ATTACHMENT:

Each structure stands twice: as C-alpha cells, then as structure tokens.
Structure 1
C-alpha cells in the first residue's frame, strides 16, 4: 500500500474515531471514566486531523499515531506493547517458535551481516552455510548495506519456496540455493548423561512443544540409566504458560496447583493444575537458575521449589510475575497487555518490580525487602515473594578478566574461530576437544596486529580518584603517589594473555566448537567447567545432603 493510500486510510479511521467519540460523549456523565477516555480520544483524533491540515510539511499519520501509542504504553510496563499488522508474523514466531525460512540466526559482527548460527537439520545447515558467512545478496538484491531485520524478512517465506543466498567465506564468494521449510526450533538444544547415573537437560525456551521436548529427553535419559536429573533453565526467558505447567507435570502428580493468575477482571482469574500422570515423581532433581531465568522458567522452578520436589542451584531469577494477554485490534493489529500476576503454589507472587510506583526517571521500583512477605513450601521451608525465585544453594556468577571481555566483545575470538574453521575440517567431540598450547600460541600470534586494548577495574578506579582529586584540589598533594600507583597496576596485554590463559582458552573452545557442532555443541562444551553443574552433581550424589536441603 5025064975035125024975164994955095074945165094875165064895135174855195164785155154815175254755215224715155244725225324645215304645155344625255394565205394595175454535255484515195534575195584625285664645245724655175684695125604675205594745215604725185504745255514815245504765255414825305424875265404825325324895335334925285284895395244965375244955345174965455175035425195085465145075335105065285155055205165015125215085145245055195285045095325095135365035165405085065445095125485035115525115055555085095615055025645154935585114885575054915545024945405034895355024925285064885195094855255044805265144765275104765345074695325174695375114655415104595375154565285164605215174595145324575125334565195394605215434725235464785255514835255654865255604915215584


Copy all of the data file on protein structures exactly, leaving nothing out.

Each structure stands twice: as C-alpha cells, then as structure tokens.
Structure 1
C-alpha cells in the first residue's frame, strides 16, 4: 500500500474515531471514566486531523499515531506493547517458535551481516552455510548495506519456496540455493548423561512443544540409566504458560496447583493444575537458575521449589510475575497487555518490580525487602515473594578478566574461530576437544596486529580518584603517589594473555566448537567447567545432603 493510500486510510479511521467519540460523549456523565477516555480520544483524533491540515510539511499519520501509542504504553510496563499488522508474523514466531525460512540466526559482527548460527537439520545447515558467512545478496538484491531485520524478512517465506543466498567465506564468494521449510526450533538444544547415573537437560525456551521436548529427553535419559536429573533453565526467558505447567507435570502428580493468575477482571482469574500422570515423581532433581531465568522458567522452578520436589542451584531469577494477554485490534493489529500476576503454589507472587510506583526517571521500583512477605513450601521451608525465585544453594556468577571481555566483545575470538574453521575440517567431540598450547600460541600470534586494548577495574578506579582529586584540589598533594600507583597496576596485554590463559582458552573452545557442532555443541562444551553443574552433581550424589536441603 5025064975035125024975164994955095074945165094875165064895135174855195164785155154815175254755215224715155244725225324645215304645155344625255394565205394595175454535255484515195534575195584625285664645245724655175684695125604675205594745215604725185504745255514815245504765255414825305424875265404825325324895335334925285284895395244965375244955345174965455175035425195085465145075335105065285155055205165015125215085145245055195285045095325095135365035165405085065445095125485035115525115055555085095615055025645154935585114885575054915545024945405034895355024925285064885195094855255044805265144765275104765345074695325174695375114655415104595375154565285164605215174595145324575125334565195394605215434725235464785255514835255654865255604915215584